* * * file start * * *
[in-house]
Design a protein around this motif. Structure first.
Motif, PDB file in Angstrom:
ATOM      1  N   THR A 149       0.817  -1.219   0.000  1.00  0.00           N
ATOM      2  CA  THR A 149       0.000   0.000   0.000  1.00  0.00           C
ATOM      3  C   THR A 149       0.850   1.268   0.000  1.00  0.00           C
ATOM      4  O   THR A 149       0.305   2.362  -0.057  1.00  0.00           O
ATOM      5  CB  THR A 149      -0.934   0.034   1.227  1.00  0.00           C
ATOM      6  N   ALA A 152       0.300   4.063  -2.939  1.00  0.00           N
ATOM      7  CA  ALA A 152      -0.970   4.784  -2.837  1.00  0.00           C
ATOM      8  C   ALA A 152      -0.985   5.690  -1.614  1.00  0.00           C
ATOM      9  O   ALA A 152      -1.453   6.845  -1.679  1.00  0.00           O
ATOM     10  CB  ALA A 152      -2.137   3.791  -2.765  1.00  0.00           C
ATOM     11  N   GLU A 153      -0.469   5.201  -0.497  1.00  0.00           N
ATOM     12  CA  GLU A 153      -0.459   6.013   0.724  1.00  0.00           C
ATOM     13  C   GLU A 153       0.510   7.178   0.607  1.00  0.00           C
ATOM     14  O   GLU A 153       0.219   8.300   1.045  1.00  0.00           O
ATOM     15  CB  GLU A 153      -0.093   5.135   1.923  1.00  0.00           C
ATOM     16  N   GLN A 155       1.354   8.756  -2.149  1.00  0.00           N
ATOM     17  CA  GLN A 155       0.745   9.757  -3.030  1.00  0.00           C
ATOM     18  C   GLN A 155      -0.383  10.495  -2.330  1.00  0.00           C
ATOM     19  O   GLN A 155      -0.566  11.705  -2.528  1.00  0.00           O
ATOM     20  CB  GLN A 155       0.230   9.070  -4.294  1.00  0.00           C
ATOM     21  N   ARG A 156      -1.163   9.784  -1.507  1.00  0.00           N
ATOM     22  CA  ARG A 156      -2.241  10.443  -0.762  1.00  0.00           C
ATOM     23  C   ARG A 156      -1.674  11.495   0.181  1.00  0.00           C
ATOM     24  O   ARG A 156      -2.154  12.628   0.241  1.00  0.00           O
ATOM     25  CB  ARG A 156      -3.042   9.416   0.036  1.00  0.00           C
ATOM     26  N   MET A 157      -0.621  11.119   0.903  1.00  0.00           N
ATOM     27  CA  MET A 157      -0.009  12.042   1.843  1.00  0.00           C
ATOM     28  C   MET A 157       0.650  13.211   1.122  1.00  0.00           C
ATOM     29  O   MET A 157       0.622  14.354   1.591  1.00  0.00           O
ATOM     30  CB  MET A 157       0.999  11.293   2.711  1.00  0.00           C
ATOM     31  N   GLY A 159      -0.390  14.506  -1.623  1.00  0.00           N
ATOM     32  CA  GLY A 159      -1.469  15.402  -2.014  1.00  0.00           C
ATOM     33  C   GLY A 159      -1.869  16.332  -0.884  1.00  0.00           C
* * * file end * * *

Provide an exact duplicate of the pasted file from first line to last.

[in-house]
Design a protein around this motif. Structure first.
Motif, PDB file in Angstrom:
ATOM      1  N   THR A 149       0.817  -1.219   0.000  1.00  0.00           N
ATOM      2  CA  THR A 149       0.000   0.000   0.000  1.00  0.00           C
ATOM      3  C   THR A 149       0.850   1.268   0.000  1.00  0.00           C
ATOM      4  O   THR A 149       0.305   2.362  -0.057  1.00  0.00           O
ATOM      5  CB  THR A 149      -0.934   0.034   1.227  1.00  0.00           C
ATOM      6  N   ALA A 152       0.300   4.063  -2.939  1.00  0.00           N
ATOM      7  CA  ALA A 152      -0.970   4.784  -2.837  1.00  0.00           C
ATOM      8  C   ALA A 152      -0.985   5.690  -1.614  1.00  0.00           C
ATOM      9  O   ALA A 152      -1.453   6.845  -1.679  1.00  0.00           O
ATOM     10  CB  ALA A 152      -2.137   3.791  -2.765  1.00  0.00           C
ATOM     11  N   GLU A 153      -0.469   5.201  -0.497  1.00  0.00           N
ATOM     12  CA  GLU A 153      -0.459   6.013   0.724  1.00  0.00           C
ATOM     13  C   GLU A 153       0.510   7.178   0.607  1.00  0.00           C
ATOM     14  O   GLU A 153       0.219   8.300   1.045  1.00  0.00           O
ATOM     15  CB  GLU A 153      -0.093   5.135   1.923  1.00  0.00           C
ATOM     16  N   GLN A 155       1.354   8.756  -2.149  1.00  0.00           N
ATOM     17  CA  GLN A 155       0.745   9.757  -3.030  1.00  0.00           C
ATOM     18  C   GLN A 155      -0.383  10.495  -2.330  1.00  0.00           C
ATOM     19  O   GLN A 155      -0.566  11.705  -2.528  1.00  0.00           O
ATOM     20  CB  GLN A 155       0.230   9.070  -4.294  1.00  0.00           C
ATOM     21  N   ARG A 156      -1.163   9.784  -1.507  1.00  0.00           N
ATOM     22  CA  ARG A 156      -2.241  10.443  -0.762  1.00  0.00           C
ATOM     23  C   ARG A 156      -1.674  11.495   0.181  1.00  0.00           C
ATOM     24  O   ARG A 156      -2.154  12.628   0.241  1.00  0.00           O
ATOM     25  CB  ARG A 156      -3.042   9.416   0.036  1.00  0.00           C
ATOM     26  N   MET A 157      -0.621  11.119   0.903  1.00  0.00           N
ATOM     27  CA  MET A 157      -0.009  12.042   1.843  1.00  0.00           C
ATOM     28  C   MET A 157       0.650  13.211   1.122  1.00  0.00           C
ATOM     29  O   MET A 157       0.622  14.354   1.591  1.00  0.00           O
ATOM     30  CB  MET A 157       0.999  11.293   2.711  1.00  0.00           C
ATOM     31  N   GLY A 159      -0.390  14.506  -1.623  1.00  0.00           N
ATOM     32  CA  GLY A 159      -1.469  15.402  -2.014  1.00  0.00           C
ATOM     33  C   GLY A 159      -1.869  16.332  -0.884  1.00  0.00           C